Govt proposes to replace UGC with new commission

The new Higher Education Commission of India Act is likely to be tabled in Parliament during the monsoon session. Photo: Mint

The new Higher Education Commission of India Act is likely to be tabled in Parliament during the monsoon session. Photo: Mint

New Delhi: The Union government on Wednesday unveiled the draft of a bill to replace higher education regulator University Grants Commission (UGC) with a Higher Education Commission.

The new commission to be established through an Act will not have grant-making authority, will promote reduced inspection system and will focus more on quality outcome at universities and colleges.

Human resource development (HRD) minister Prakash Javadekar, who claimed this is a key education reform, said the new body will be more representational. Its board will have senior bureaucrats from the ministries of HRD, skills and entrepreneurship, and science and technology, in a way ending the monopoly of HRD ministry in regulating higher education.

“The draft Act is in accordance with the commitment of the government for reforming the regulatory systems that provide more autonomy to higher educational institutes to promote excellence and facilitate holistic growth of the education system,” Javadekar said in a tweet.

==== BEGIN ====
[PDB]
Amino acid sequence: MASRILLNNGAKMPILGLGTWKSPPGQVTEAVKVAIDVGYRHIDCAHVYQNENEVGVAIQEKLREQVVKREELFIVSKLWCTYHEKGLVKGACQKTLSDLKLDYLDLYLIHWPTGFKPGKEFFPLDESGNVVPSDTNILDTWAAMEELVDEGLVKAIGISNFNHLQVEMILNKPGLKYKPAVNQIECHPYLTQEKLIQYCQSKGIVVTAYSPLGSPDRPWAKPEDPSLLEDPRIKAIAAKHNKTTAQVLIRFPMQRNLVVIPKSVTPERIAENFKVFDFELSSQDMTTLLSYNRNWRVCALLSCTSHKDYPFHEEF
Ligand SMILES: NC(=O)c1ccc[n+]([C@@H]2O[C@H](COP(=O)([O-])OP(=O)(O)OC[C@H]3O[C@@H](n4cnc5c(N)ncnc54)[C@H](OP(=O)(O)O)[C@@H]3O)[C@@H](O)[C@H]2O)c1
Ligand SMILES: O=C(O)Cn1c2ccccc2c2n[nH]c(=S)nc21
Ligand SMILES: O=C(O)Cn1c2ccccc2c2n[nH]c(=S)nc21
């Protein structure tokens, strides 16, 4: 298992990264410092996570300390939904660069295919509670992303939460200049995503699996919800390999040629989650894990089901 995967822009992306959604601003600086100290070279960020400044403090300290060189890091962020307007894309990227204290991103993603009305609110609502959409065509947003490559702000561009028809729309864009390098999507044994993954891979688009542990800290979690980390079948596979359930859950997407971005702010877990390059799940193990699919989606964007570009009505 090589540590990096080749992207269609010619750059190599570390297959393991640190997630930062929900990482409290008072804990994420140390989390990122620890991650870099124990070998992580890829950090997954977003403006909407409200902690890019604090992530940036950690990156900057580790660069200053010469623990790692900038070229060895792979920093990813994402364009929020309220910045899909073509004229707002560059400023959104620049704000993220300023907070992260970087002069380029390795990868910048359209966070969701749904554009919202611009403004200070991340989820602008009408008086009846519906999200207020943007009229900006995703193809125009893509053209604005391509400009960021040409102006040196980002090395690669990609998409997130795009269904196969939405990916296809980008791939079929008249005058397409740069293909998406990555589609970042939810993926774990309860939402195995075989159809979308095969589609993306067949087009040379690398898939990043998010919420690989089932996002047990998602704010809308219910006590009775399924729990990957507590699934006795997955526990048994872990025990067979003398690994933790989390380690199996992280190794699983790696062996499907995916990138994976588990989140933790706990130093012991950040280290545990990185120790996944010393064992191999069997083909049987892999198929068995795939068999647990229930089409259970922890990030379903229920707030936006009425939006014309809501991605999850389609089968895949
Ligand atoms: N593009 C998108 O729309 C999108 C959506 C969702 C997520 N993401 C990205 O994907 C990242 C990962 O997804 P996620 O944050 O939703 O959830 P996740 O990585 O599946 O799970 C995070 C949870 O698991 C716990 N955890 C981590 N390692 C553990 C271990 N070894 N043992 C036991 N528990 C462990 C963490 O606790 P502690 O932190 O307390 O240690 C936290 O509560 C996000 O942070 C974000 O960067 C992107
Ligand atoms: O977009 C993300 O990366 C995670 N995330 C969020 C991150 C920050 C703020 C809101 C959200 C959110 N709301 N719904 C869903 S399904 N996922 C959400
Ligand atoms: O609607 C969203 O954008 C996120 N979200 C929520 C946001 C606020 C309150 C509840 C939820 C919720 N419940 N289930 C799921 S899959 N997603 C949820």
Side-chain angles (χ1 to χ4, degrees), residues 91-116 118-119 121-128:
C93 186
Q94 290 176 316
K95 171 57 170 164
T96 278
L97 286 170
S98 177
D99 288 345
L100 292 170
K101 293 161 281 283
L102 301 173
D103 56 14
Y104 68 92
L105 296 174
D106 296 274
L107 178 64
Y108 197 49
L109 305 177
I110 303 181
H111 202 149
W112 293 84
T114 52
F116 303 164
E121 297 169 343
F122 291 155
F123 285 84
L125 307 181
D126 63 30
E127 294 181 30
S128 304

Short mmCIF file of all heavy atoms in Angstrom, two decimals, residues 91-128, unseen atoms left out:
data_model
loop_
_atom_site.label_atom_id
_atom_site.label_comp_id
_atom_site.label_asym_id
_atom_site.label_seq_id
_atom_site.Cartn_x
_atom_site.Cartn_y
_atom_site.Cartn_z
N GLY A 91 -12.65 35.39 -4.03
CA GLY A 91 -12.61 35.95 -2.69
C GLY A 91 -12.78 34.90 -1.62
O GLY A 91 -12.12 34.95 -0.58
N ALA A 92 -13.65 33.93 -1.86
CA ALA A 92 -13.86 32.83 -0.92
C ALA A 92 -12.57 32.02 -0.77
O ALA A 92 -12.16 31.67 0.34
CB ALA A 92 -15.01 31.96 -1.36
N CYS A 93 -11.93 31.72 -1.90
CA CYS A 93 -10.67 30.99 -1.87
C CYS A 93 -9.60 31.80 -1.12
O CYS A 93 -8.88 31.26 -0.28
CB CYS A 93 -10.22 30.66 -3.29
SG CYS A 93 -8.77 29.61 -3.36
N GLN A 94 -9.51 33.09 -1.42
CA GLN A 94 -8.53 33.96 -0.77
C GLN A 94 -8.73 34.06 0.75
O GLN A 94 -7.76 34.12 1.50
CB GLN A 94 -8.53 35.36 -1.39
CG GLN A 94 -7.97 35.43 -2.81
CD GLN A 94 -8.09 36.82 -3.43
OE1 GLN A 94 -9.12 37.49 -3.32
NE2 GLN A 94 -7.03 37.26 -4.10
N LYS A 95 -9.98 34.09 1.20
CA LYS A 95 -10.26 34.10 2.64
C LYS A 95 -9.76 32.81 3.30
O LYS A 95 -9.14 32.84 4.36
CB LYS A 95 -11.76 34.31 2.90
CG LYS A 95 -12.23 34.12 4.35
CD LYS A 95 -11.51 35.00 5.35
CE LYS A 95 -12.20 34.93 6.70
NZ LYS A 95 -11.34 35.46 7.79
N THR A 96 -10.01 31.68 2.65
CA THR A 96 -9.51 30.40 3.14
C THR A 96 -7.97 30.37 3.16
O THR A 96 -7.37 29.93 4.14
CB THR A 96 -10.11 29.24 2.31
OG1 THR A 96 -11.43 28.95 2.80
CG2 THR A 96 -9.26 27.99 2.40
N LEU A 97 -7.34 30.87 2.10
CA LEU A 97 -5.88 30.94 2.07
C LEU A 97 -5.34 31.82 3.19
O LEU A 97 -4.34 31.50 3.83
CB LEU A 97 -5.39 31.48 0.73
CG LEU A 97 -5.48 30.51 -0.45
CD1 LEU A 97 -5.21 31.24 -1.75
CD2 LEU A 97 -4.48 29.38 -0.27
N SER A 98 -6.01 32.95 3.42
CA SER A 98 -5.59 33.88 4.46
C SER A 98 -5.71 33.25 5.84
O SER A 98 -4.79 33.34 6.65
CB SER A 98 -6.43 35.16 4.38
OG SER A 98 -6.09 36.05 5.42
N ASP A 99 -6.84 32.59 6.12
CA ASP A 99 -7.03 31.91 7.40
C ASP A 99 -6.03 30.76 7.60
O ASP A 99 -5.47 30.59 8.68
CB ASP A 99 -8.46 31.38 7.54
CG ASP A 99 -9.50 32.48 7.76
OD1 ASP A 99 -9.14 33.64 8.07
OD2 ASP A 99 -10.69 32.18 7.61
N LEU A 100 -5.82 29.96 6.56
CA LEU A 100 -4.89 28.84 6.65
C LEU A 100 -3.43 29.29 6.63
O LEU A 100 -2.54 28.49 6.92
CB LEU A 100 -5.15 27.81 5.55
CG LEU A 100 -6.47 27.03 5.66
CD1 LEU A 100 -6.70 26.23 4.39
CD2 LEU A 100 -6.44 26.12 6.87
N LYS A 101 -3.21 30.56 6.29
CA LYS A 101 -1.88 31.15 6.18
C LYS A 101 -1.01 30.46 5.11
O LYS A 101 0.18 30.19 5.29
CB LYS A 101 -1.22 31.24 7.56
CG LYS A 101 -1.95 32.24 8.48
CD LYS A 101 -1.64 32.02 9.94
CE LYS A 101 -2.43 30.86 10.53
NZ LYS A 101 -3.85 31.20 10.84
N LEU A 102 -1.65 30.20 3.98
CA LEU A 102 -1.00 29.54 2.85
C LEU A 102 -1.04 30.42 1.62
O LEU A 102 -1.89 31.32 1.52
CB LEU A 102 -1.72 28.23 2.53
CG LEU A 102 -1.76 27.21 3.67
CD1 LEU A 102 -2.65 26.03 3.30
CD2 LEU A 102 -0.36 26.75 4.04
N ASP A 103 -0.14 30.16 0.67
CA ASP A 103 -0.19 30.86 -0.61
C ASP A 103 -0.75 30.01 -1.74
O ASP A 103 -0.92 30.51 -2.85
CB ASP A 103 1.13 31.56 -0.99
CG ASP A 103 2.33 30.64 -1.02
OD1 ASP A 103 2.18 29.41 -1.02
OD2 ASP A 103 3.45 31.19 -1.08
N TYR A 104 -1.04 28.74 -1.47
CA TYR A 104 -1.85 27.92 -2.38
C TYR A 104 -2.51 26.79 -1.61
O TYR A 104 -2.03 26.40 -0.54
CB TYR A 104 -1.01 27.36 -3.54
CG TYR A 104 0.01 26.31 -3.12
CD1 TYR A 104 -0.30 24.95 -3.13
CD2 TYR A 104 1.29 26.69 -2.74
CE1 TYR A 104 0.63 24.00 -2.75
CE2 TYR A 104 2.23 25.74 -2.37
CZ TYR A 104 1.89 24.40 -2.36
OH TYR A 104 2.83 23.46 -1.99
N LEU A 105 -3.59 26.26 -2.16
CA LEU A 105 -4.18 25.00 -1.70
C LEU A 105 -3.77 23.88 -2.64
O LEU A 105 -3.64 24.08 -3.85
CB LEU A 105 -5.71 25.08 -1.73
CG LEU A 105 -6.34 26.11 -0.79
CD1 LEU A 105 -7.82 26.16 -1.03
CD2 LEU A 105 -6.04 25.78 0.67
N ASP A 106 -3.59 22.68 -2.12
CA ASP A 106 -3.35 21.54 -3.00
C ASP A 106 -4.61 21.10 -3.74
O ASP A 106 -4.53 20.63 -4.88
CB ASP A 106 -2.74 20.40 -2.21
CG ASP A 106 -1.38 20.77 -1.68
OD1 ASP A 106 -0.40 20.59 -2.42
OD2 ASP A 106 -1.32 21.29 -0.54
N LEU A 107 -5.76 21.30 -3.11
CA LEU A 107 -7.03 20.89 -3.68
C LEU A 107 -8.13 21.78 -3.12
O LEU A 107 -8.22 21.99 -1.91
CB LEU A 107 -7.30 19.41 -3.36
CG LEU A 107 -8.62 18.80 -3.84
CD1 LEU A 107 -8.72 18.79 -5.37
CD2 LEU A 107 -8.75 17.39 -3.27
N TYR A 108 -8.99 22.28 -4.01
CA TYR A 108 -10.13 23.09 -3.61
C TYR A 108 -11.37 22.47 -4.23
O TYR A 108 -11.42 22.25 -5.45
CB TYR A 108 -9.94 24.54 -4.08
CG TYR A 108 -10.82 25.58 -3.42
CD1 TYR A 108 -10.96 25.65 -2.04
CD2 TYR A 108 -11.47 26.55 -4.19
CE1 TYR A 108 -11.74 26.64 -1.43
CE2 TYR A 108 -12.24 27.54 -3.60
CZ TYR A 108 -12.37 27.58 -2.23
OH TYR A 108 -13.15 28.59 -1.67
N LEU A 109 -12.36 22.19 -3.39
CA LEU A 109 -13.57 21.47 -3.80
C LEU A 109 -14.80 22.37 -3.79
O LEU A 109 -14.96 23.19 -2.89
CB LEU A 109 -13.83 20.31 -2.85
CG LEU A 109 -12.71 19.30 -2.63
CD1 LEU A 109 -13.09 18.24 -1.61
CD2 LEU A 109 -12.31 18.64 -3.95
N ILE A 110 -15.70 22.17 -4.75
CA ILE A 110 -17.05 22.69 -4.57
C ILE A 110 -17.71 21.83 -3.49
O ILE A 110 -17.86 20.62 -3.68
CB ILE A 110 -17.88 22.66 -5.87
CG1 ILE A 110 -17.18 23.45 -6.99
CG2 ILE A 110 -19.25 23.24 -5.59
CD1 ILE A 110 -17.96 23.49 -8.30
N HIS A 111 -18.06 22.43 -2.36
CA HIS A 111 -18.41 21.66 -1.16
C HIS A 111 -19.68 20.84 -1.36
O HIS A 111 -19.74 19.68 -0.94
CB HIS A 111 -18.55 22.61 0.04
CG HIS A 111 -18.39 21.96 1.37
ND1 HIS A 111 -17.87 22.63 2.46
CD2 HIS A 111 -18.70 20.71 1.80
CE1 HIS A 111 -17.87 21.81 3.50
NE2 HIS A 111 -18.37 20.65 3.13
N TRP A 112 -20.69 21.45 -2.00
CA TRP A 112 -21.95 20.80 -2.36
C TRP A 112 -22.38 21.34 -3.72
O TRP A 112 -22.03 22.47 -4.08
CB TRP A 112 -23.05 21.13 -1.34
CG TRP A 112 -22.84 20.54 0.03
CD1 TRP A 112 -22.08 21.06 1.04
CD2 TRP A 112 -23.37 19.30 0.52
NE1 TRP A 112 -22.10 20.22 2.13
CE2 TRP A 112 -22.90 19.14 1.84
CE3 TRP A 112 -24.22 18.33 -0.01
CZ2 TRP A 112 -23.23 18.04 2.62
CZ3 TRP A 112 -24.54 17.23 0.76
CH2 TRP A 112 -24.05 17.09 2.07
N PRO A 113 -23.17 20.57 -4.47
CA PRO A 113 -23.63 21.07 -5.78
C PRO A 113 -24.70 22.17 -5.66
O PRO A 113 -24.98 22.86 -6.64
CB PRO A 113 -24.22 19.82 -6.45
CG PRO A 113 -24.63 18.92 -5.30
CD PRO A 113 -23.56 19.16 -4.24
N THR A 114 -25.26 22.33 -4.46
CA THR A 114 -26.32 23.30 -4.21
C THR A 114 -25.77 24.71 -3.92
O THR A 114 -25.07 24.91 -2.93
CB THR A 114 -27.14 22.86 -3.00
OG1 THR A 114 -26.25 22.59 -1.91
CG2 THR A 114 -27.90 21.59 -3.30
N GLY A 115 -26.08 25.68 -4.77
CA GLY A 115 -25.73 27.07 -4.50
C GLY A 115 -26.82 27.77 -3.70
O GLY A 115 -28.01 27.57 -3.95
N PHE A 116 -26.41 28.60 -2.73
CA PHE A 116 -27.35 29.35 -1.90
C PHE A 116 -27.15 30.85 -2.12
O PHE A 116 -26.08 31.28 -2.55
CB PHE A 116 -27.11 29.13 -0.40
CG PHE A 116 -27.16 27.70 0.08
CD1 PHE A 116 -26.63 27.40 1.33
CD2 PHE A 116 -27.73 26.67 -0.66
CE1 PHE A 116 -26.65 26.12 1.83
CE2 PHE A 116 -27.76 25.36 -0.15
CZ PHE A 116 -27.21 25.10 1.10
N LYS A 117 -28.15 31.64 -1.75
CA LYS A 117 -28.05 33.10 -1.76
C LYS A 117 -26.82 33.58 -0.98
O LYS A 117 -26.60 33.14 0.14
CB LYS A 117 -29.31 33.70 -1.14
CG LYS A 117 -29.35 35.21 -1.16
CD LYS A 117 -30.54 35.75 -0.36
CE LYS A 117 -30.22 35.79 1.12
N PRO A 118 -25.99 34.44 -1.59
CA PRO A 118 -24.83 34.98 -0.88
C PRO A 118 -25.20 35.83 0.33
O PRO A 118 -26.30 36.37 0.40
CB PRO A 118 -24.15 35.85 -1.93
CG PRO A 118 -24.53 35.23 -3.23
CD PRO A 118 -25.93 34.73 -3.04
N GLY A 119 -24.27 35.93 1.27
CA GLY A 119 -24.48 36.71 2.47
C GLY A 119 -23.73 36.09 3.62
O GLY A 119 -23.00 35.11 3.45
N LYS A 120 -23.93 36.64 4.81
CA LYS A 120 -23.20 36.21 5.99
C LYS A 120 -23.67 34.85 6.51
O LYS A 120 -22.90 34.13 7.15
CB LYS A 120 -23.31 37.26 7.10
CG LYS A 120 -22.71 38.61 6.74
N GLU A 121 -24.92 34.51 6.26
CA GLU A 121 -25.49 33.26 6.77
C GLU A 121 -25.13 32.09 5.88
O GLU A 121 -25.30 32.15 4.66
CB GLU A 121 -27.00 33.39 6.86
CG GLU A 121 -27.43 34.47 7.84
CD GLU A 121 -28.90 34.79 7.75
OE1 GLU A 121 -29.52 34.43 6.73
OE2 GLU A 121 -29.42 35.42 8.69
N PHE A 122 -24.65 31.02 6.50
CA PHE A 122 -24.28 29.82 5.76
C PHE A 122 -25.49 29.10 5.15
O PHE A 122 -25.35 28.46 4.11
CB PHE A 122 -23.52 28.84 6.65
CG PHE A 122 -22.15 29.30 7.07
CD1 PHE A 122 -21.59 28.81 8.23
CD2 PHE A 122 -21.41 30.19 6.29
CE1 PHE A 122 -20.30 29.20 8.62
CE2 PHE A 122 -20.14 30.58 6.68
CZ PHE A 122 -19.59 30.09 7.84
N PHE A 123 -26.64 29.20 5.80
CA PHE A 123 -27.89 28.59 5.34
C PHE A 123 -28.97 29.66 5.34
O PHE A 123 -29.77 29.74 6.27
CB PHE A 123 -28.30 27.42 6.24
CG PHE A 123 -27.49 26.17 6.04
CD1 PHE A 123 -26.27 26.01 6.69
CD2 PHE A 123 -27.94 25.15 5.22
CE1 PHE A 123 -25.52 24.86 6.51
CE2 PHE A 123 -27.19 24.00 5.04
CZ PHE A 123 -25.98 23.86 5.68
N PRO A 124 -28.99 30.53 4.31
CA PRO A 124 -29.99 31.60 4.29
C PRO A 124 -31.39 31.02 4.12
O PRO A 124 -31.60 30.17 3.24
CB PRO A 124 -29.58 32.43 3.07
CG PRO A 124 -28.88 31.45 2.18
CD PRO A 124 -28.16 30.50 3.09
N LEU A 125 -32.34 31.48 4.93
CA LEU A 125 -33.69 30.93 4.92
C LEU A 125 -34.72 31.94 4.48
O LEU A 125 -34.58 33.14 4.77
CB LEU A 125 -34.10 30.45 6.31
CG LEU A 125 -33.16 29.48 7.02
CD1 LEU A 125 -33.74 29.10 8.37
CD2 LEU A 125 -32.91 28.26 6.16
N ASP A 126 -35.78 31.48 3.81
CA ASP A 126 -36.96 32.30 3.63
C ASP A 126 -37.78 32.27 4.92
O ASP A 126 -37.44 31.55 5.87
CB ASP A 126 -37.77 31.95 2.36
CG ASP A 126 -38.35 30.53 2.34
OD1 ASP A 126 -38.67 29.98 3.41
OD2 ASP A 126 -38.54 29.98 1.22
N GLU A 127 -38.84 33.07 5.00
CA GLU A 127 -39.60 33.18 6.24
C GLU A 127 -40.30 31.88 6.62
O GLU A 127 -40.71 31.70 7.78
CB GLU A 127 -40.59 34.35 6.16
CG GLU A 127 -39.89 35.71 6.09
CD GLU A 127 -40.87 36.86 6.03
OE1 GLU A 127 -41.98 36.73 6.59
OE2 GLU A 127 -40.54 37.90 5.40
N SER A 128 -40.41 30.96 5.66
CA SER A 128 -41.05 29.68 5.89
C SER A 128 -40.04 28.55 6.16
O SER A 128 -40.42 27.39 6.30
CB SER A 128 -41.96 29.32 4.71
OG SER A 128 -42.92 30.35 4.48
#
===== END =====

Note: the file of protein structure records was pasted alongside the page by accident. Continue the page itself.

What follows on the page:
He said the new Act will separate grant-making functions, end inspection raj, focus on academic quality and empower the new commission to enforce quality issues.

According to the draft bill, university and college managements found wanting and violating penalty imposed by the commission “shall be liable for prosecution as per procedure laid down under the Criminal Procedure Code and may be punished with imprisonment for a term which may extend up to three years”.

The new body will specify learning outcomes for colleges and universities, prescribe teaching, assessment, research standards.

UGC reform was part of the BJP’s general election manifesto in 2014. To be sure, a similar restructuring was discussed and promoted by the previous United Progressive Alliance government but could not become a law due to lack of support from the parliament.

Over the last four years, the HRD ministry has deliberated on several models like a single regulator for higher education by merging UGC, National Council of Teacher Education (NCTE) and All India Council for Technical Education (AICTE); however, the plans were not taken forward.

“This Act provides for establishing the Higher Education Commission of India repealing the University Grants Commission Act, 1956,” said the draft bill which is open for public feedback till 7 July.

“Whereas for promoting uniform development of quality of education in higher educational institutions, there is a need for creation of a Body that lays down uniform standards, and ensures maintenance of the same through systematic monitoring and promotion, Whereas the existing regulatory structure as reflected by the mandate given to University Grants Commission required redefinition based on the changing priorities of higher education and allow its growth,” underlines the draft bill on need for a change.